Omega knew how to preserve this historic moment, and there is a whole section in the museum where the visitors find themselves walking on the surface of the Moon, next to a replica of the original Moon rover and a fully uniformed NASA astronaut in his spacesuit. This stunning area of the museum tells the awe-inspiring story of Moonwatch and its adventures on the Moon.

James Bond Collection:

All of us know the strong bond between the famous movie spy, James Bond, and Omega. The watch brand has created several watches over the years to commemorate the half-century-long history of the world’s favorite spy, the 007. Since the 007 film GoldenEye in 1995, James Bond has been wearing the Omega Seamaster watches in every film. The museum has dedicated a separate section for the 007 fans. This section features many unique articles featured in the 007 films, along with the Omega watches Bond has been wearing throughout the movies in cases that resemble large cinema film reels.

The Giant Speedmaster:

The museum never fails to inspire the watch enthusiasts to their limits. At the end of the visit, the museum features a giant Omega Speedmaster watch apparatus. The watch enthusiasts can go into the Speedmaster, and see for themselves the working of Speedmaster watches and their famous Co-Axial Escapement from Omega through immersive 360-degree videos and animated films. Through this use of technology, Omega has been successful in creating a giant walk-in Speedmaster, in which the visitor finds himself or herself as if they were sitting inside a working watch. The Omega museum is worth visiting, as it takes you through a roller coaster ride featuring the brand’s history. As it is open to the general public, people can walk in anytime to visit the museum except for Mondays.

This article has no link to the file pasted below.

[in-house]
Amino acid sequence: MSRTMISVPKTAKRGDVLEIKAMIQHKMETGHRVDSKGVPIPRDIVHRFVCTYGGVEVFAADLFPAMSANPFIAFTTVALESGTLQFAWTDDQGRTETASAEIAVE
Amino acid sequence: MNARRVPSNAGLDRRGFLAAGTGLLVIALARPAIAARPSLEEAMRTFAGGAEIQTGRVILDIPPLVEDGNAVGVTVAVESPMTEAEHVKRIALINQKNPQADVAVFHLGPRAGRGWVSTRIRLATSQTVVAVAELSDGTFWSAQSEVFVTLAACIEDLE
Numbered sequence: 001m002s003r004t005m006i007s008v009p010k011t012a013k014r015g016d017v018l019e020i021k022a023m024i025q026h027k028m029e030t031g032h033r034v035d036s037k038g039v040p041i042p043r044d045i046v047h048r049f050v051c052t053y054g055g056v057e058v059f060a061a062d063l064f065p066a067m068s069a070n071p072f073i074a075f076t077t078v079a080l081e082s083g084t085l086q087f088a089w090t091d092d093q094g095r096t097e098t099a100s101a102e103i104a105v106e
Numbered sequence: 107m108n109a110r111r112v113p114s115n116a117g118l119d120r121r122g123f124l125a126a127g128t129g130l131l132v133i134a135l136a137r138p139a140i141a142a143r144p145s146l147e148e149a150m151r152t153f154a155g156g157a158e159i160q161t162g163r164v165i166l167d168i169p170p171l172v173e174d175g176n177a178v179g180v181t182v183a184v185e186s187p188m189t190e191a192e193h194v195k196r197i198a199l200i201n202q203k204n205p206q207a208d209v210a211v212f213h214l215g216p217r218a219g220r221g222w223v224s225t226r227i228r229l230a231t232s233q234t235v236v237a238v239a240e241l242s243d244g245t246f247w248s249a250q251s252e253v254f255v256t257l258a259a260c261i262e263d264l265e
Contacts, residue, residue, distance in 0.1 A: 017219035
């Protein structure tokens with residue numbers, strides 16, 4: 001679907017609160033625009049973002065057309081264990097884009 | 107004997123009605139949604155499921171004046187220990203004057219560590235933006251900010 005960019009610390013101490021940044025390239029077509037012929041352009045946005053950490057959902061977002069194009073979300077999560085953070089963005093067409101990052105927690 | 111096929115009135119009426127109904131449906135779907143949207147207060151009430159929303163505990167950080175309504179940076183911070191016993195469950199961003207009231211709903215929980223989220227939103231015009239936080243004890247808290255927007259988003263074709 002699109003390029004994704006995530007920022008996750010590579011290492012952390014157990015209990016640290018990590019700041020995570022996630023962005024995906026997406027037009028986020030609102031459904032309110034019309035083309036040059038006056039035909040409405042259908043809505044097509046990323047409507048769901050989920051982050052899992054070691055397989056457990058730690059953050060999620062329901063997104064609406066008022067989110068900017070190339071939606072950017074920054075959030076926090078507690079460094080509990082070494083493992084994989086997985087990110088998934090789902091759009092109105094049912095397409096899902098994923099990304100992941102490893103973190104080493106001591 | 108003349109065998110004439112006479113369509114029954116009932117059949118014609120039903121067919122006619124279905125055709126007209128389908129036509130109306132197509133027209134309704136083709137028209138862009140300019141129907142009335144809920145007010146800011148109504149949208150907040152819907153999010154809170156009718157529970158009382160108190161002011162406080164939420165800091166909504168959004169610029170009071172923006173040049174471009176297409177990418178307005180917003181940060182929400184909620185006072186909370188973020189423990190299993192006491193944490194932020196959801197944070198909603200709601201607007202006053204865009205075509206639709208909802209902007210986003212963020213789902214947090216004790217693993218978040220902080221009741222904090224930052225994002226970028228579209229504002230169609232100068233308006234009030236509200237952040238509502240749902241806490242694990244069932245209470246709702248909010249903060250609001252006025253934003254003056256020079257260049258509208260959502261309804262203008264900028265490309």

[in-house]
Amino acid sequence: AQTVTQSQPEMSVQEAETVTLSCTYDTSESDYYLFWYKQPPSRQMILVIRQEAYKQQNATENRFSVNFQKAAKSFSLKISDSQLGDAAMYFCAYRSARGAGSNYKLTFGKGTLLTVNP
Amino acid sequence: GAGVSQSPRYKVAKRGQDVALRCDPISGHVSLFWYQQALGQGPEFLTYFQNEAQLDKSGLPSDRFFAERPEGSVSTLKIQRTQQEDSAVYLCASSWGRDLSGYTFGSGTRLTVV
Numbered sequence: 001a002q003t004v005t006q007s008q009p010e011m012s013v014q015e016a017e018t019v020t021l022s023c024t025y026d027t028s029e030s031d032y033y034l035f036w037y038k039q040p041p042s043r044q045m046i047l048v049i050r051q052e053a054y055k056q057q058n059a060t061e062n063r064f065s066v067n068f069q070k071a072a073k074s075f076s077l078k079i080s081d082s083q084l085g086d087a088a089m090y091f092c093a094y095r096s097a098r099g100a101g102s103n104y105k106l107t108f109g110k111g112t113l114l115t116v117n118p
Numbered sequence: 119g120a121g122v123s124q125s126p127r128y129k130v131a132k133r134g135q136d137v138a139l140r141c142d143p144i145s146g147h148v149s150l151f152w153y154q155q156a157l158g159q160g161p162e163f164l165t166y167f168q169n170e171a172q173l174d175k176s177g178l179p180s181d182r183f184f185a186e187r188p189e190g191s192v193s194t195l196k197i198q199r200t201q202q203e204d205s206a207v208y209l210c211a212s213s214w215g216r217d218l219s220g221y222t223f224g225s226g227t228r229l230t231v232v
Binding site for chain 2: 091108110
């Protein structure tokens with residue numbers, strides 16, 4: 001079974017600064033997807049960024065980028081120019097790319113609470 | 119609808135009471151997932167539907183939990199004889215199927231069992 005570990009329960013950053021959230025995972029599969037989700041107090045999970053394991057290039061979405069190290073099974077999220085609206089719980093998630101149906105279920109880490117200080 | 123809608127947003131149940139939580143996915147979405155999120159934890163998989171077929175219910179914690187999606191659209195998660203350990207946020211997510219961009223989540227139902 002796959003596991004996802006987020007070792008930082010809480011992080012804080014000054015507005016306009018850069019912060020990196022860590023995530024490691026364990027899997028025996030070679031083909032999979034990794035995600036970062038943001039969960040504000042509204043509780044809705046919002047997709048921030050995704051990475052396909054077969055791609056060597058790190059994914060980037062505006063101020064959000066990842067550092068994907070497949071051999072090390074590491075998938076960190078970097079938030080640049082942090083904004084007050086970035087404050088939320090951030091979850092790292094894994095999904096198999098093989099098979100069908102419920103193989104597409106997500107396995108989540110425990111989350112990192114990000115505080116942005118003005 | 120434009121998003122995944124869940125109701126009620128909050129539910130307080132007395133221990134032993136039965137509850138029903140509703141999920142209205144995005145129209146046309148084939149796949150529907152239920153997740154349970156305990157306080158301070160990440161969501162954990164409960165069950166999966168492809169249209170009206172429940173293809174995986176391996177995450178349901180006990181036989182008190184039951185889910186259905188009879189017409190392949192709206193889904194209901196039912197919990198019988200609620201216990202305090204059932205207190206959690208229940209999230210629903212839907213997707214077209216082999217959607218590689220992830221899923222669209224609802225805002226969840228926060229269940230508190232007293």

Times Ticking has been in operation for more than 30 years, since 1982. We have performed watch repair for customers both locally and internationally. If it Ticks! We KNOW it! Our team of watch repair technicians have a combined experience in watchmaking of over 120 years.